A couple of years ago I started to wonder if I had a drinking problem.  Naah!  If I had a problem somebody would have pointed it out already right?  I thought: “I’m responsible. I take care of my kids and pay our bills.  I make playdates and medical appointments on time.  I’m doing my job!  I also don’t look like an alcoholic. My face isn’t red and puffy and I’m not living out of a box under a bridge, dressed up in rags. I don’t have the “shakes” or need a drink first thing in the morning.  How can I be an alcoholic?”     Oh! How I fooled myself into thinking I was normal through all of these thoughts and rationalizations!  The truth came loud and clear a few weeks ago when I got very drunk at a birthday party. I don’t remember much about the night (just little bits and pieces).  Apparently I lost it and went crazy when we arrived home. I made my girls cry that night because I had threatened to leave Switzerland (I said I would go away and never come back).  My husband had to get away from me so he left the house. My daughters started to call daddy on the phone because they thought he was going to leave them too.    After a couple of hours I ended up passing out on the couch and waking up at 2am.  I knew I had done something very bad.  I didn’t remember anything specific but I had the flashback of my girls crying big fat tears and my heart sank.  I was not able to go back to sleep and was extremely anxious the rest of the early morning.  That is when I said “enough is enough”. I knew I didn’t want to keep doing this anymore. I knew I was slowly killing myself and needed help.  So I made the decision to tell my husband about my secret drinking life and problem. I had no choice. I had wanted to do this before but I was afraid because to say the words “I am an alcoholic” is a very scary thing.  I was terrified but it was “do” or “die”.  I decided to choose life and get better for me and my family.

I am very lucky to be where I am right now.  Alcoholism is a progressive disease and it can turn bad and ugly very quickly.  The lucky ones get help before they lose their job, spouse, family or cause a major tragedy (like Diane Schuler, the mother who killed eight people including herself and four children on a NY parkway in July).  I am very blessed to still have my life and the people I love in it.
I have been sober for a few weeks now and am seeing things more clearly than ever. I urge any parent (mom or dad) who is struggling with alcohol abuse to talk to someone and reach out for help. You are not alone!   If you would like to meet other moms going through the same struggles with alcohol abuse (or if you think you might have a problem and would like to explore it further) please join our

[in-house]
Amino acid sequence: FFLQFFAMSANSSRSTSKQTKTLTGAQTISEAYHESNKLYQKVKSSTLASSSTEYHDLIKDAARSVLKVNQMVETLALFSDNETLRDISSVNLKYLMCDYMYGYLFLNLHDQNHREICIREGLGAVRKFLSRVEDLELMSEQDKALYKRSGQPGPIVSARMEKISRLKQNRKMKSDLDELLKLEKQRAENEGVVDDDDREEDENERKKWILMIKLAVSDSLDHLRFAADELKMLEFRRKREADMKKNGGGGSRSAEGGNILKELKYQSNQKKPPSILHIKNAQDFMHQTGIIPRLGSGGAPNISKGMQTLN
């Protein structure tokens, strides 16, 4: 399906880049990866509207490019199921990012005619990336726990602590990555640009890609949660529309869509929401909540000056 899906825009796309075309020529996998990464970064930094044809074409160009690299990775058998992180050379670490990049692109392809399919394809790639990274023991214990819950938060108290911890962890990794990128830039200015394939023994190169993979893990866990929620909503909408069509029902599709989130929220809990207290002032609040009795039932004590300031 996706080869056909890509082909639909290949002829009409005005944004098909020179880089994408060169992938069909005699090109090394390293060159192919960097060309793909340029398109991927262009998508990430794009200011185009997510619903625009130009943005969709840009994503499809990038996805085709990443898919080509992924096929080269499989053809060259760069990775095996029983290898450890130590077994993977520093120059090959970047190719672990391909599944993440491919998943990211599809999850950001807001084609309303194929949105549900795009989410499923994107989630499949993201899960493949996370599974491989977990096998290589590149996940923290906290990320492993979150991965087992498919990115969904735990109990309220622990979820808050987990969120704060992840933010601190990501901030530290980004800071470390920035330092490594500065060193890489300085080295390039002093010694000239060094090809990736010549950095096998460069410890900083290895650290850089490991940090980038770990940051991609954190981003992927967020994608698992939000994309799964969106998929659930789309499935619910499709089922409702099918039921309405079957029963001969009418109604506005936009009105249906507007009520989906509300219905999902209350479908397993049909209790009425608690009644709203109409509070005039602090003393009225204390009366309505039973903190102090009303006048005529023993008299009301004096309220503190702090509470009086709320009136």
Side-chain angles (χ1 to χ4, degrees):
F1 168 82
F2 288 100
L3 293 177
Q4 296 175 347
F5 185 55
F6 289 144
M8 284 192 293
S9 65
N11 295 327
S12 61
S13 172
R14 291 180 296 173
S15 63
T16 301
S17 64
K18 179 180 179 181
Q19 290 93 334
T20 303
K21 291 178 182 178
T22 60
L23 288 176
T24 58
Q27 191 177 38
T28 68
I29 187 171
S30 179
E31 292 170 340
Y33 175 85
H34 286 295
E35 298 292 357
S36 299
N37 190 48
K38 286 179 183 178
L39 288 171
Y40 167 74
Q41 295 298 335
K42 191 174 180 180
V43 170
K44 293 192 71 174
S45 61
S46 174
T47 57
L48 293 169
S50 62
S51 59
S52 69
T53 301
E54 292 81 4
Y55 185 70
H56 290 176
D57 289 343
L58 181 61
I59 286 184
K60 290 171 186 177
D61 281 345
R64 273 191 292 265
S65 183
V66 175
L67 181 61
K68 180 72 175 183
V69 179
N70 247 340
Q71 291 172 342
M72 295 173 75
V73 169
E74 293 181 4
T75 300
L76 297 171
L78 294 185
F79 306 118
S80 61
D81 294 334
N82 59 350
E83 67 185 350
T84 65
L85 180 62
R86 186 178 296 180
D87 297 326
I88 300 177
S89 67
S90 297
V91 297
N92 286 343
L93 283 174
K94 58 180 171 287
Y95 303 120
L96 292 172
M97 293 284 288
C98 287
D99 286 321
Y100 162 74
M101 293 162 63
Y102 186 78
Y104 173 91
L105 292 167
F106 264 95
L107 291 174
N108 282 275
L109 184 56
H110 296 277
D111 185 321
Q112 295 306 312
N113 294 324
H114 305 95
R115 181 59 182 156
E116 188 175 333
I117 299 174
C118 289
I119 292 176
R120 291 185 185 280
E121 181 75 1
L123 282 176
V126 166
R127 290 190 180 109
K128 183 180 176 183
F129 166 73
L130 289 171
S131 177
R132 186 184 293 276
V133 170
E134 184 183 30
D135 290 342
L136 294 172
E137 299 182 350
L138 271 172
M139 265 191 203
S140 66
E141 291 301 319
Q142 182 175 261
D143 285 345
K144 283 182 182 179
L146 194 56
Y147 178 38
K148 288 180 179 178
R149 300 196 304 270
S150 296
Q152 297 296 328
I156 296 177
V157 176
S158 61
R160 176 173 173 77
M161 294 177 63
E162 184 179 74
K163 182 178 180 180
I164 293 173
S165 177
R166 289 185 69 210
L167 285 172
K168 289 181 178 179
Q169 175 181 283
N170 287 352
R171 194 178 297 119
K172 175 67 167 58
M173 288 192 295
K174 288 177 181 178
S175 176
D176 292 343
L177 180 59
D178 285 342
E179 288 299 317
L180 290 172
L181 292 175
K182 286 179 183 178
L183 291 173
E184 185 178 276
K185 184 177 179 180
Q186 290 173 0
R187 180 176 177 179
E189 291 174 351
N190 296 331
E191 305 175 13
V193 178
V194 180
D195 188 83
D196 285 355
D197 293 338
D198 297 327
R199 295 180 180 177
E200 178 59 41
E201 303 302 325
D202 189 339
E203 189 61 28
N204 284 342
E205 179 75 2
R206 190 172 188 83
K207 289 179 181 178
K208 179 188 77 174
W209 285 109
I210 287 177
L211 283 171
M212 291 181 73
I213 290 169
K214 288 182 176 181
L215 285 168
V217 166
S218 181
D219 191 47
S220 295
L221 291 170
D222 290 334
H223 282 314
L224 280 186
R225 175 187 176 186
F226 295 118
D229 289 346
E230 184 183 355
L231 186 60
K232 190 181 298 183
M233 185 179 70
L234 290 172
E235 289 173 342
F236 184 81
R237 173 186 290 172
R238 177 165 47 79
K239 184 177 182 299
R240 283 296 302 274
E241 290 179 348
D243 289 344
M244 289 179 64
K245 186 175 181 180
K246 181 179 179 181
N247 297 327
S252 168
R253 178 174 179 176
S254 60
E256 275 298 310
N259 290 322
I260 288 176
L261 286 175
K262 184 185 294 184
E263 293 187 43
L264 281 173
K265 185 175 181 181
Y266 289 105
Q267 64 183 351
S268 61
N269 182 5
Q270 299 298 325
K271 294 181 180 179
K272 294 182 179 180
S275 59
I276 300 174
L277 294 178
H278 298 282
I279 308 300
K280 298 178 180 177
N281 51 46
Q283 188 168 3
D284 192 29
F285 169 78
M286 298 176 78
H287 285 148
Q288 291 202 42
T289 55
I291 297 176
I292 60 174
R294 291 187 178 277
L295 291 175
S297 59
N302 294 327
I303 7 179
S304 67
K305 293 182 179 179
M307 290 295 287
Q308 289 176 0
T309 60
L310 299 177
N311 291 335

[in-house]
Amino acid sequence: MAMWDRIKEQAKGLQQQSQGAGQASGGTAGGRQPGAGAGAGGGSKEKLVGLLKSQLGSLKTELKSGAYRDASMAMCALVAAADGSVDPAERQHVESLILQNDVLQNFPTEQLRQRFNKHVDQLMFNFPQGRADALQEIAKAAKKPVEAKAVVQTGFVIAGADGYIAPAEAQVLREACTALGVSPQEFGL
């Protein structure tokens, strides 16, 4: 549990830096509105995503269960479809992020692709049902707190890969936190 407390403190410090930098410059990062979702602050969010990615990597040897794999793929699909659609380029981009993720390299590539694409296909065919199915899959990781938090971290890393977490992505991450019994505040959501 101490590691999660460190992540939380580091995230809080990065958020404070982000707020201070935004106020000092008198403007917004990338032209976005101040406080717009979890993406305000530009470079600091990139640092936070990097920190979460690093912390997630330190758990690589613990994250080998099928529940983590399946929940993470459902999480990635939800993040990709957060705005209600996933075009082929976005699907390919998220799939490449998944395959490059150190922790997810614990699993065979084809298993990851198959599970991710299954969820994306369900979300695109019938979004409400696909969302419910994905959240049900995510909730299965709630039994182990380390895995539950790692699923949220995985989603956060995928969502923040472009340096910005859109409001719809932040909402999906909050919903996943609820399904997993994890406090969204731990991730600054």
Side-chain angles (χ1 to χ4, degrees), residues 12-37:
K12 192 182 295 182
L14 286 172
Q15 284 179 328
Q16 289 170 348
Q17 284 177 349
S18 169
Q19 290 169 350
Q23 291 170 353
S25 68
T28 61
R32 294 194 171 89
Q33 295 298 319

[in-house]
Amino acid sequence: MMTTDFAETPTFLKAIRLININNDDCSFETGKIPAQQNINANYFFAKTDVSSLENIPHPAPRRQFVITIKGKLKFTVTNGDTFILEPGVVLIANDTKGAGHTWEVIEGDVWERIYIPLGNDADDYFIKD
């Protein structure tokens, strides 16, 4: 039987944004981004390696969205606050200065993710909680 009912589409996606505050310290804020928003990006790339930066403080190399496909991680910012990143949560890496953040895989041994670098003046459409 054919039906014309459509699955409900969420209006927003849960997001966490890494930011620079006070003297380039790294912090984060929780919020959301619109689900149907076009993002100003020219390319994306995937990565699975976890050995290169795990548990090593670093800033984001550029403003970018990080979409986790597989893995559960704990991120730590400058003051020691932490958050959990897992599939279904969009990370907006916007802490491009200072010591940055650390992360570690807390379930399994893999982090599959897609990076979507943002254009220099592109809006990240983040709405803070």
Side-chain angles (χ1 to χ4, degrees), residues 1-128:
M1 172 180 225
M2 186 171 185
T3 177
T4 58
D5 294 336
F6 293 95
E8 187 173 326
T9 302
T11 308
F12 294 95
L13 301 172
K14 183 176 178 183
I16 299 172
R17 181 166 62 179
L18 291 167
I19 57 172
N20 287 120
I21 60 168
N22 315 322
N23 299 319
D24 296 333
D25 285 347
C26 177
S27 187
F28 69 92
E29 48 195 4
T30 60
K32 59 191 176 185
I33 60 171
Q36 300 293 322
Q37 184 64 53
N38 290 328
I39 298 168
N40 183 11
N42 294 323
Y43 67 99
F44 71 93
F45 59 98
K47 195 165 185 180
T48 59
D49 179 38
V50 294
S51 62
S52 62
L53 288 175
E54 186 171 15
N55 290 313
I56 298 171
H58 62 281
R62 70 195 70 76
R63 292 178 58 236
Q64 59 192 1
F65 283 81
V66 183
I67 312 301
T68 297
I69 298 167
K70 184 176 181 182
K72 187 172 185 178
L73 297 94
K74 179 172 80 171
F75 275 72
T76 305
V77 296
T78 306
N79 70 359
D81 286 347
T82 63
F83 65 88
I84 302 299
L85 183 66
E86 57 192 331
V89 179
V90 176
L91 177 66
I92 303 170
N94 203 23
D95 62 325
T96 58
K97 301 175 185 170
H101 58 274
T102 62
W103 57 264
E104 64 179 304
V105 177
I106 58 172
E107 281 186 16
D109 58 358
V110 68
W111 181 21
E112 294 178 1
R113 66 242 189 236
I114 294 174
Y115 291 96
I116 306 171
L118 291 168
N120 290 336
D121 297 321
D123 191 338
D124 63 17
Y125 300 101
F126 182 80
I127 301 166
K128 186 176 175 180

Recovering Moms in Switzerland” online group:   health.groups.yahoo.com/group/recovering_moms_Switzerland/     (you can join anonymously if you wish)

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Comments

  1. For more years than I can count I have suffered from depression, some of the times I just felt down and others were so debilitating that I wasn’t able or cared to get out of bed. On July 21, 2008 it all stopped, I got sober thanks to alcohol rehab NC. I was given a new life without the horror of depression, until two weeks ago when it came back. I have to say it wasn’t as bad as it was when I was drinking and I didn’t feel the desire to drink again, but I know from dealing with it that it is a very scary place to be.

  2. This is a moving post and I identify with many aspects of it. I am an alcoholic and have been sober for many years. I know the feelings of guilt, being trapped and feeling worthless. I got well by reaching out for help from other alcoholics – but I needed alcoholics who were long term sober. Hanging around with other newly sober or still drinking alcoholics just enables the sickness. There is a saying “Two illies don’t make a Welly'”
    I encourage you to get as much help and support as you can from other recovered alcoholics. This is a progressive disease and there are so many ‘yets’ lying in wait for us.
    I do know that there is a lot of help available in Switzerland for both the suffering alcoholic and also their familes.
    There is hope if you are prepared to go to any lengths to get it. If you want to get in contact you can do so through my blog link.
    Smiles and blessings.

  3. Thanks for sharing and posting this story. Unfortunately, alcohol becomes one of the escapes that expats search out in response to isolation, overwhelm, stress, too many tolerations, etc. Recognizing the problem is a first and an extremely huge step – and finding people to support you in recovery is the next step. Good to know there is a group, dedicated to this kind of support.

    Margarita Gokun Silver
    Expatriate and Cross-Cultural Coach
    globalcoachcenter.com/specialized-coaching/116-10-weeks-wisdom-expat-club